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Local Sports

January 10, 2011

Remington Park has whole new look for 2011

Oklahoma City — When Global Gaming RP, a subsidiary of the Chickasaw Nation, took over Remington Park on Jan. 1, 2010, CEO John Elliott and his management team were confident they could re-shape Oklahoma’s largest track into a racing and gaming showplace. But even Elliott admitted last week that he was surprised at how far Remington has come in just one year.

“It was better than we expected — we were exceedingly pleased with the first year,” Elliott said. “I think what surprised me the most was how much stronger the bottom line was than we had predicted.

“That probably has a lot of variables involved in it,” he added. “We had a terrific thoroughbred meet with dramatic increases in handle (total handle for the Quarter Horse and thoroughbred meets combined was up more than 23 percent in an era when most U. S. tracks are experiencing declines) and (simulcast) export signals. A lot of that had to do with management, but I think a lot of it had to do with increased enthusiasm in the facility and in the amenities we added.”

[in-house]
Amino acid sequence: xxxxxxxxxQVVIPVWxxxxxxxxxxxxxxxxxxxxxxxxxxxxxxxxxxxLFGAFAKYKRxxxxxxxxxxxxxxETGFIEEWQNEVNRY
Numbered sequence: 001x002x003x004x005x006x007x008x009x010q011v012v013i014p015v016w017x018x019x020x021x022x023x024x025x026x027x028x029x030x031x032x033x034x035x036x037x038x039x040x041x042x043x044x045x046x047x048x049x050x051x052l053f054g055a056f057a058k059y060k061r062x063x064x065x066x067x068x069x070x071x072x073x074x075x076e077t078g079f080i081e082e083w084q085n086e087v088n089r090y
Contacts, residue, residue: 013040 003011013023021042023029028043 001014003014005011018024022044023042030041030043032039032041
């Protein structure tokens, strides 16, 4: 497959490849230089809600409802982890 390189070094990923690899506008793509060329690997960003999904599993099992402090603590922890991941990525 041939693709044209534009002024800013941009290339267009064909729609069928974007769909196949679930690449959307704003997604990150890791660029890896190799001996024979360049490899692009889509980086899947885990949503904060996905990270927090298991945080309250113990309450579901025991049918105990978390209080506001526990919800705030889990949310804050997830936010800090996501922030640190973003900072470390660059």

By December, anybody who hadn’t seen Remington in 12 months wouldn’t have recognized the 22-year-old track. Elliott and his crew began making improvements — both cosmetic and administrative — from the very minute they “took the keys” to the building at midnight on Jan. 1, 2010;  by year’s end, a facility that was state-of-the-art when it opened in 1988 but had become cold and a little drab in recent years had found some of its old-time energy and had gained some warmth that, while we old-timers didn’t realize it, was probably never there in the first place.

And fans responded. Remington posted a record attendance of more than 1.75 million in its first year under the Global Gaming umbrella, and Elliott — who is anything but a stand-pat kind of guy — said he expects further improvements to lead to further increases in 2011.